Late Monday, March 13, the Sun ejected a coronal mass ejection (CME) traveling at at least 3,000 kilometers per second (6,700,000 miles per hour), possibly the fastest on record. The ejected particles reached Earth orbit in less than a day. Had they hit Earth, the results could have been catastrophic, but fortunately the CME was pointing almost directly in the opposite direction. However, the explosion reminds us that next time we might not be so lucky.
Although it comes from the other side of the sun, it seems that way caused a small radiation storm on earth. A smaller and much slower CME on Saturday, which was predicted to brush Earth, may also have contributed. CMEs can affect each other, with one clearing the way for the charged particles from the other. Spaceweather.com predicts shortwave radio blackouts for planes flying over the poles.
CMEs involve bursts of the Sun’s plasma and associated magnetic field being fired into space, usually in conjunction with solar flares. CMEs are common, but most are too small to do any major damage and aren’t usually pointed at Earth anyway. Preliminary estimates say yesterday’s event is “extremely rare” and likely to occur once or twice in several decades.
In 1989, two CMEs and an X-15 class solar flare combined to fill Earth’s magnetosphere with charged particles, causing auroras as far north as Florida and tripping Quebec’s power grid and causing a nine-hour province-wide blackout. That may seem small on the scale of natural disasters, but the solar activity that triggered them was small compared to what we think is possible.
A much larger storm known as the Carrington Event in 1859 destroyed telegraph systems throughout North America. If it happened today, the consequences would be staggering, collapsing power grids, satellites being pulled from orbit, and disrupting water supplies and the internet. One model puts the cost at $2.6 trillion in North America alone, but this could be drastically reduced if preparatory action is taken.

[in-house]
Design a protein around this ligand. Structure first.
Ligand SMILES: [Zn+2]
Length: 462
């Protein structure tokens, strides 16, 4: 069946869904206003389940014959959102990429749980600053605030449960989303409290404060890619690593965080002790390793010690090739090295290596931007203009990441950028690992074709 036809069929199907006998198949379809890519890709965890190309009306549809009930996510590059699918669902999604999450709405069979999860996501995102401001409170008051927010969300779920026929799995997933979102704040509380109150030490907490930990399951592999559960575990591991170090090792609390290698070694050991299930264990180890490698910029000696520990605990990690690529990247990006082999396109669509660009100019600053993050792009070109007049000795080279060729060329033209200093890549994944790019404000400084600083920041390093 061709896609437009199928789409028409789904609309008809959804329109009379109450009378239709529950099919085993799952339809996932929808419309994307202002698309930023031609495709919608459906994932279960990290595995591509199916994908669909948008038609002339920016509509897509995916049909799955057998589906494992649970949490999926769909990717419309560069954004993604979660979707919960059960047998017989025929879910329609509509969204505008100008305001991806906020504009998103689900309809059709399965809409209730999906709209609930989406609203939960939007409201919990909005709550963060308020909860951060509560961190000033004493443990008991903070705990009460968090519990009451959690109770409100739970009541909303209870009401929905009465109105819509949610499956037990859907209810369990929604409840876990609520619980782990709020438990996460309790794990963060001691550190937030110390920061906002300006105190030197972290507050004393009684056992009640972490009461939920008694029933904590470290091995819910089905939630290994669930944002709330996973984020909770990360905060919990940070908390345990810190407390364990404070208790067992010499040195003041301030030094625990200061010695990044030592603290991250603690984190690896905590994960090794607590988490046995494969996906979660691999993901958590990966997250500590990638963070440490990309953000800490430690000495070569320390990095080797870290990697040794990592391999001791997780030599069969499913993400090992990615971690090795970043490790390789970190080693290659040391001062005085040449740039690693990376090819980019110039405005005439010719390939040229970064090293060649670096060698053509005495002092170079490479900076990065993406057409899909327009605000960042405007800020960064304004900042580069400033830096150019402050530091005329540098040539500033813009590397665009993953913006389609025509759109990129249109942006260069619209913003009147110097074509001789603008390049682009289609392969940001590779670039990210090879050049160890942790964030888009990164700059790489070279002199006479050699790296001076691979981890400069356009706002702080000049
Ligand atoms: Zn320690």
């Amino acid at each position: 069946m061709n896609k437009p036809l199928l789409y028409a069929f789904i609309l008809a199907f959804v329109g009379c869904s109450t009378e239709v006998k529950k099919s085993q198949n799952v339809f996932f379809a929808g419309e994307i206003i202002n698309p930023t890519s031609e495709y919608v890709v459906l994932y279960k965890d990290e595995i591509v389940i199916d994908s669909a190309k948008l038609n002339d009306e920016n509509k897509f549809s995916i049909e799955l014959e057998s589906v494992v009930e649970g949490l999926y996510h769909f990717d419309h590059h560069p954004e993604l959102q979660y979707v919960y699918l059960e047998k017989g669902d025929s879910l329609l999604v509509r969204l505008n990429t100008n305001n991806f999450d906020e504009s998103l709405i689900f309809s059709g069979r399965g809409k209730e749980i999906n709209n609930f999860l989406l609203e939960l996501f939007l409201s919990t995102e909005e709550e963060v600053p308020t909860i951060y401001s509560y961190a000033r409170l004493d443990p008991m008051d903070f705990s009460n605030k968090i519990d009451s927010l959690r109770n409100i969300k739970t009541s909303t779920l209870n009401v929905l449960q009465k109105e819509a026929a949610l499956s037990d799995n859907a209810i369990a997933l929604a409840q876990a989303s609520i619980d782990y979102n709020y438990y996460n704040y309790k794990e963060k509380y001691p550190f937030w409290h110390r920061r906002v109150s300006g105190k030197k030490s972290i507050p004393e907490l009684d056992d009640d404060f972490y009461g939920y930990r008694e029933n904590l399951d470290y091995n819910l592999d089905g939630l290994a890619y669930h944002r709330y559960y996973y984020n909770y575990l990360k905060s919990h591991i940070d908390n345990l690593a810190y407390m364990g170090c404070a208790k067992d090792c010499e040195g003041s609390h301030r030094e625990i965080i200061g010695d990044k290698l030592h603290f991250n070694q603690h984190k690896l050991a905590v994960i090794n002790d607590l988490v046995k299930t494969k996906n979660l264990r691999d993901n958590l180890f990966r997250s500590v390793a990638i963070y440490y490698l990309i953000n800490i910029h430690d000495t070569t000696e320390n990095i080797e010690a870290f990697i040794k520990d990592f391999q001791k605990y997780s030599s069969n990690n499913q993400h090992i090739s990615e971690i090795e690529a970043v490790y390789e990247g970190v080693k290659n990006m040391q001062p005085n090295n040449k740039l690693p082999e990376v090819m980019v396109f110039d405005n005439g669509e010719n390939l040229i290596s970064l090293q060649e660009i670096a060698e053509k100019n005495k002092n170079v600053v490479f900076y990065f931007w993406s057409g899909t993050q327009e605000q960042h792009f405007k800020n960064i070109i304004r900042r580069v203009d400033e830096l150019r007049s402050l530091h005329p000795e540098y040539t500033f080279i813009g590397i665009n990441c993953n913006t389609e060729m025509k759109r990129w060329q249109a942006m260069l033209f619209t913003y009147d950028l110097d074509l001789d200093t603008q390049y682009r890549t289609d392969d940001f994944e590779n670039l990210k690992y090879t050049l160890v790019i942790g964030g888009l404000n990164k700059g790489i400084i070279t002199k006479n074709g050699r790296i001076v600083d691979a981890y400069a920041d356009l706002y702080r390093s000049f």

How yesterday’s CME compares to the Carrington event is not yet clear. In part, it never will be, since in the 19th century we lacked the capacity to accurately measure the strength of such storms. Still, there is little doubt that a storm like the one we have just witnessed could do great damage to an unprepared earth.
The Sun is approaching a maximum in its 11-year cycle. Despite many predictions that this cycle would be mild, the opposite appears to be the case. We are already reaching levels of activity, as measured by the number of sunspots and the strength of CMEs and solar flares, similar to the peaks of the last two cycles, and we may still be years away from the peak.
As such, the chance of a powerful CME leading the way in the near future is significantly higher than usual. Long-term preparations for such an event may include infrastructure upgrades, but in most cases it’s probably too late for this cycle for that.
If an outbreak is upon us, shorter-term measures can be taken, e.g. B. switching off power grids to prevent overloading of the transformers. However, the faster a CME develops, the less time governments and infrastructure companies have to decide whether to endure temporary pain to reduce the risk of a major meltdown. Many fear possible backlash from the same people who have resisted pandemic interventions as a curtailment of their rights.
Estimates of the risk of a Carrington-style CME hitting Earth vary widely, ranging from about 1 percent in a decade to 12 percent. Paleontologists have looked for markers of such events using radioisotope records in tree rings and ice cores in hopes of finding out how often they hit Earth, but the question remains unanswered.